"The news is definitely positive," cheers Jozsef Miro of Erste bank, "as the determined FX rates are close to the actual spot FX rates … At the moment, it looks like banks do not need to
account for additional significant losses over the HUF 900bn-1,000bn caused by the rule on the FX spread and IR changes."
Step back
The use of market rates has been hinted at for some time because of concerns that the banks have stopped lending. The government trusts that once all forex loans have been converted, “banks will use all their energy and available resources to finance players of the Hungarian economy and to further promote the country’s economic growth”, the economy ministry statement said.
At the same time, despite moves since Fidesz came to power in 2010 that have been criticised for curbing the judiciary, the government has struggled to get the courts to rubber stamp its campaign against the banks. As Varga noted on November 4, the supreme court has ruled that borrowers must accept some currency risk. The Kuria also deferred many of its decisions on the issue to the European Court of Justice.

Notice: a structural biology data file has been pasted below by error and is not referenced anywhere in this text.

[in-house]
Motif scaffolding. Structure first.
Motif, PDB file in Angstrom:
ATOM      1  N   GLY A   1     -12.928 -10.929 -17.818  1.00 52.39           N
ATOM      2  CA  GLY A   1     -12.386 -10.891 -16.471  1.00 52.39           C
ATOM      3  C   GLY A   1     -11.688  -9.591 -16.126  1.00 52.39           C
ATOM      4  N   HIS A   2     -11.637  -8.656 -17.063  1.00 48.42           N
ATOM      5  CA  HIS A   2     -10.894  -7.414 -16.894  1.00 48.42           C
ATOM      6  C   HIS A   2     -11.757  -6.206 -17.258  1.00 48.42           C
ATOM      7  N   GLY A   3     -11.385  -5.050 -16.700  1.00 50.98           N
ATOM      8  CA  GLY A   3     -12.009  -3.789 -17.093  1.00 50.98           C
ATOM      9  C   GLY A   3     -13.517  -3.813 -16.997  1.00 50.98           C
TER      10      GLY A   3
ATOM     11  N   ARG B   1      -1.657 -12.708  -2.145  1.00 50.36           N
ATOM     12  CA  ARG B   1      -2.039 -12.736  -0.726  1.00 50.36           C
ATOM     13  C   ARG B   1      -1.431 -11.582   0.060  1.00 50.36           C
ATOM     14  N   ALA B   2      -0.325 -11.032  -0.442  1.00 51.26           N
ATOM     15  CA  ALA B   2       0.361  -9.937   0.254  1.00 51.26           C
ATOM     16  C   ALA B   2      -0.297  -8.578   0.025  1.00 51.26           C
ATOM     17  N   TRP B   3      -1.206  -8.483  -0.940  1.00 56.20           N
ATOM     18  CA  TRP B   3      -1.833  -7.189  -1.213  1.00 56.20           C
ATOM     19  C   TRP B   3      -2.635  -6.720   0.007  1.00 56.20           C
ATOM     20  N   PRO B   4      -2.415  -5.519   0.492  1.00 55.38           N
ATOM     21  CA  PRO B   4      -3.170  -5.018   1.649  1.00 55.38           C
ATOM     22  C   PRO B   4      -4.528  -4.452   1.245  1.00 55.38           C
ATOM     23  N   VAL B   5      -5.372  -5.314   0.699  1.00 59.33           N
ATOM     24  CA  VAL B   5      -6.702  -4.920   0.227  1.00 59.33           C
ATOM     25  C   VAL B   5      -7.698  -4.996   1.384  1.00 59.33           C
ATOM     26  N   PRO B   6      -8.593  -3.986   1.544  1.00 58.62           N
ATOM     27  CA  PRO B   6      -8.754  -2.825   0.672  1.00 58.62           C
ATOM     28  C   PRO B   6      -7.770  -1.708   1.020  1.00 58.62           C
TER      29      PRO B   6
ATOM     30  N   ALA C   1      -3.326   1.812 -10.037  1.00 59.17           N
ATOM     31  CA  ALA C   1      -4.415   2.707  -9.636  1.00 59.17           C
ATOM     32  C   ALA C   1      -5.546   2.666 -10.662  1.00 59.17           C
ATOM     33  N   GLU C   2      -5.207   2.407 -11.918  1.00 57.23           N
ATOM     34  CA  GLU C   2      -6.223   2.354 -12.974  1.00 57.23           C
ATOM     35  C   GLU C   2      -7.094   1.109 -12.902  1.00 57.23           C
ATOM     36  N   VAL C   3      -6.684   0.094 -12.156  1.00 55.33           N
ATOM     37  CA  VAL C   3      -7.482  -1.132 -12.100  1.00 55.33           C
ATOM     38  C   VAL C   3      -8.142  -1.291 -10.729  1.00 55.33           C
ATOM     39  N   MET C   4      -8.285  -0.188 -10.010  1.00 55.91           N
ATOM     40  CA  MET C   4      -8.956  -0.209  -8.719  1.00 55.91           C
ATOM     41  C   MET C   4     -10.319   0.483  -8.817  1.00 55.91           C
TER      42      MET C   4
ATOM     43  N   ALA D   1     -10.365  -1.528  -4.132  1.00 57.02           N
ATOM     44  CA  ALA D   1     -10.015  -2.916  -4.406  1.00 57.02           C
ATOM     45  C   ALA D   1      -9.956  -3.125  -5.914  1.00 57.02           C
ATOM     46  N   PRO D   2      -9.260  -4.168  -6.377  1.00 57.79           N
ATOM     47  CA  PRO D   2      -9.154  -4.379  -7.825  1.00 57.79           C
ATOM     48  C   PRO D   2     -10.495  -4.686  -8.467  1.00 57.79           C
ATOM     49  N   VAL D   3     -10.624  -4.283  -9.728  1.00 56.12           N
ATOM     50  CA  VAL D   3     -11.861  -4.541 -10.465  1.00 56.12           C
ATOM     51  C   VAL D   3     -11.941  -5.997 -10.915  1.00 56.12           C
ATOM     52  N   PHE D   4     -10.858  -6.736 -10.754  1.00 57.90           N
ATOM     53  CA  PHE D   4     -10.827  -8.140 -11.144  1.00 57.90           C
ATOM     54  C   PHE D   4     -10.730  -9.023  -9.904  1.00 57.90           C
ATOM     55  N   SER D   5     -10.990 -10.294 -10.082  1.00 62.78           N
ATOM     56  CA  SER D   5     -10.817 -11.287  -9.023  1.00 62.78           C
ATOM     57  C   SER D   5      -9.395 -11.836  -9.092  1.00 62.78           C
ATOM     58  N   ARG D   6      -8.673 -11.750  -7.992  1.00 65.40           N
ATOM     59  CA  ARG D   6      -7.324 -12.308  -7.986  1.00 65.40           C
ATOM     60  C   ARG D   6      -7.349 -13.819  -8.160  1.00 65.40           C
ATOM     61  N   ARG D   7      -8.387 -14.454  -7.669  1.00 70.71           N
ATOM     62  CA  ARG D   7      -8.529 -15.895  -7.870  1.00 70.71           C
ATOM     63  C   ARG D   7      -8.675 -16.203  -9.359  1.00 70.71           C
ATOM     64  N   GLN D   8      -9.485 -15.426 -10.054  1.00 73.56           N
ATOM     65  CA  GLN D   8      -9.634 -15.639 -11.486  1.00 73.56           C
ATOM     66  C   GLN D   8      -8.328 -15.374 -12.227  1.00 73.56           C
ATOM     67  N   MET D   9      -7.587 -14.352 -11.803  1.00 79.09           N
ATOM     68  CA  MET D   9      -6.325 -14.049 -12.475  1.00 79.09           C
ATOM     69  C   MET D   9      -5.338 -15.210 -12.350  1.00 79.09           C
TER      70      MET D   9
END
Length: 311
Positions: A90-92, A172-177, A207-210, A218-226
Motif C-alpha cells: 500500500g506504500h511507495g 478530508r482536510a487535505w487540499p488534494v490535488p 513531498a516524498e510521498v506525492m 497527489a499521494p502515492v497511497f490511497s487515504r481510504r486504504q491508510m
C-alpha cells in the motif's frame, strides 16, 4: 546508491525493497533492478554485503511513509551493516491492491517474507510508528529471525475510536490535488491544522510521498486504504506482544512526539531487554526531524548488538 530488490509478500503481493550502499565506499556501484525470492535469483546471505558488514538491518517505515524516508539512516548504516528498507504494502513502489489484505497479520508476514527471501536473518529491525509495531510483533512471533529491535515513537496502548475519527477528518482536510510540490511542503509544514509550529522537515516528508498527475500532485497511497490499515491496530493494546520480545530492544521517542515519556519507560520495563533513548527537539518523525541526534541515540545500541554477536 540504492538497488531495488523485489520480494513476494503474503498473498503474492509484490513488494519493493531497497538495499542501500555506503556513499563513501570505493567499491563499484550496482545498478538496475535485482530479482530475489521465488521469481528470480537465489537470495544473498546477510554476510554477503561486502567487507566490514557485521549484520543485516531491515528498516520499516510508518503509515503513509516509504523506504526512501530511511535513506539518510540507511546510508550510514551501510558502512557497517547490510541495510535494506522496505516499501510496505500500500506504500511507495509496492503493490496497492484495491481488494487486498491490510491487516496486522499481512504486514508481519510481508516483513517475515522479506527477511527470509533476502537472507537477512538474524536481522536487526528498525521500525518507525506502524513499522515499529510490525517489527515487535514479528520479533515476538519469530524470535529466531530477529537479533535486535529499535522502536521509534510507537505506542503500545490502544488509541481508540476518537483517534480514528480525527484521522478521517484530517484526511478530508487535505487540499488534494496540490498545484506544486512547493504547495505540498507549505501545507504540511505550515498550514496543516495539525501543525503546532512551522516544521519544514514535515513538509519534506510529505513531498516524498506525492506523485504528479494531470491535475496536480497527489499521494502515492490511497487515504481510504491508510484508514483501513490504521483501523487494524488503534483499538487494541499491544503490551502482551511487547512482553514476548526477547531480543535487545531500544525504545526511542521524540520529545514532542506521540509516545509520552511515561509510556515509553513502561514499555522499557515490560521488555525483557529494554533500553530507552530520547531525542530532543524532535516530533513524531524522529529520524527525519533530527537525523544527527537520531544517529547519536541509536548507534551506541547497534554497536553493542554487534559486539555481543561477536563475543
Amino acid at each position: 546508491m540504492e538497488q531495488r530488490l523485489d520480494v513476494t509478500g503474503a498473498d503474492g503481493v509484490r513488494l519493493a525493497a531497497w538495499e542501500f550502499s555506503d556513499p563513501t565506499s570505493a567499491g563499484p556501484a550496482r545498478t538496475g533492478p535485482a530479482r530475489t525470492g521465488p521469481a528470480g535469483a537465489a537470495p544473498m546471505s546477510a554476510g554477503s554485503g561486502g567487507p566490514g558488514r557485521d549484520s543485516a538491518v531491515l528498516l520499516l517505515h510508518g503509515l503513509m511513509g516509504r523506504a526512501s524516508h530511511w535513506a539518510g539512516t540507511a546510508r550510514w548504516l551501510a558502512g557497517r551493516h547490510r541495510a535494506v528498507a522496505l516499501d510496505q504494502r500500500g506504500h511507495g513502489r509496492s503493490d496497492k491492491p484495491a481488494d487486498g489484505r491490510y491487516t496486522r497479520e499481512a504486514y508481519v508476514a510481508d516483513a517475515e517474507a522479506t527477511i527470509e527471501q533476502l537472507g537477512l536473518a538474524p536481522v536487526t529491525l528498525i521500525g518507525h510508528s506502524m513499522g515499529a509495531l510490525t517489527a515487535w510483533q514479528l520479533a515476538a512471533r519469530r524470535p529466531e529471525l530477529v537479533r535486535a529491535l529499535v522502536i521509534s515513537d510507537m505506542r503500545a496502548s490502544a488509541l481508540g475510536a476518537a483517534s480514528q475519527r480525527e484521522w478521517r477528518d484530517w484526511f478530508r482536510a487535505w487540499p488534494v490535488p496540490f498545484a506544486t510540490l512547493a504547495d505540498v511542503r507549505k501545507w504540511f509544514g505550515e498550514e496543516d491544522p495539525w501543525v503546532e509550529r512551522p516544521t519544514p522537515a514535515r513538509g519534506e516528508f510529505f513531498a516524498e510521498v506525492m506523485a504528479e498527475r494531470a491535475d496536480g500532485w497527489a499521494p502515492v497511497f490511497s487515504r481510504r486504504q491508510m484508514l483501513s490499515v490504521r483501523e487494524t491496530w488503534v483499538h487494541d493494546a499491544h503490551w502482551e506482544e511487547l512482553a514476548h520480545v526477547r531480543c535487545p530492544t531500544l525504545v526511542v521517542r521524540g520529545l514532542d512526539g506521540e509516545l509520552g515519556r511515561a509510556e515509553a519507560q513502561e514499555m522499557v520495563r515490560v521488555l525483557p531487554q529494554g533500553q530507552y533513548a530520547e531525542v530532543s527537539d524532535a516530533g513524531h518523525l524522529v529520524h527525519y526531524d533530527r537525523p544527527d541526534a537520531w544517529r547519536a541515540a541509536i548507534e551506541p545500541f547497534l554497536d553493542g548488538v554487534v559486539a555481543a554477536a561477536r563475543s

However, the top Hungarian court did find in the summer that the banks had dealt unfairly with forex spreads and unilateral charges. Lenders are now required to compensate borrowers for that, which will cause huge losses this year. Prime Minister Viktor Orban has previously said that he wants more local ownership of the sector, and many see the pressure on lenders as part of a strategy to get them to call it quits and sell cheaply.
Temporary relief?
The relief in banking boardrooms comes on the back of a second climbdown by Orban in as many weeks. On October 31, the populist leader climbed down on plans to introduce an internet tax. 
Unusually large demonstrations were sparked in late October by the government plan to tax internet traffic. With over 100,000 reported out on the streets, Orban beat a rare retreat, saying he will now conduct a public discussion of how best to levy cash from the segment, which he says is a logical extension of special taxes placed on the telecoms sector when he first took office.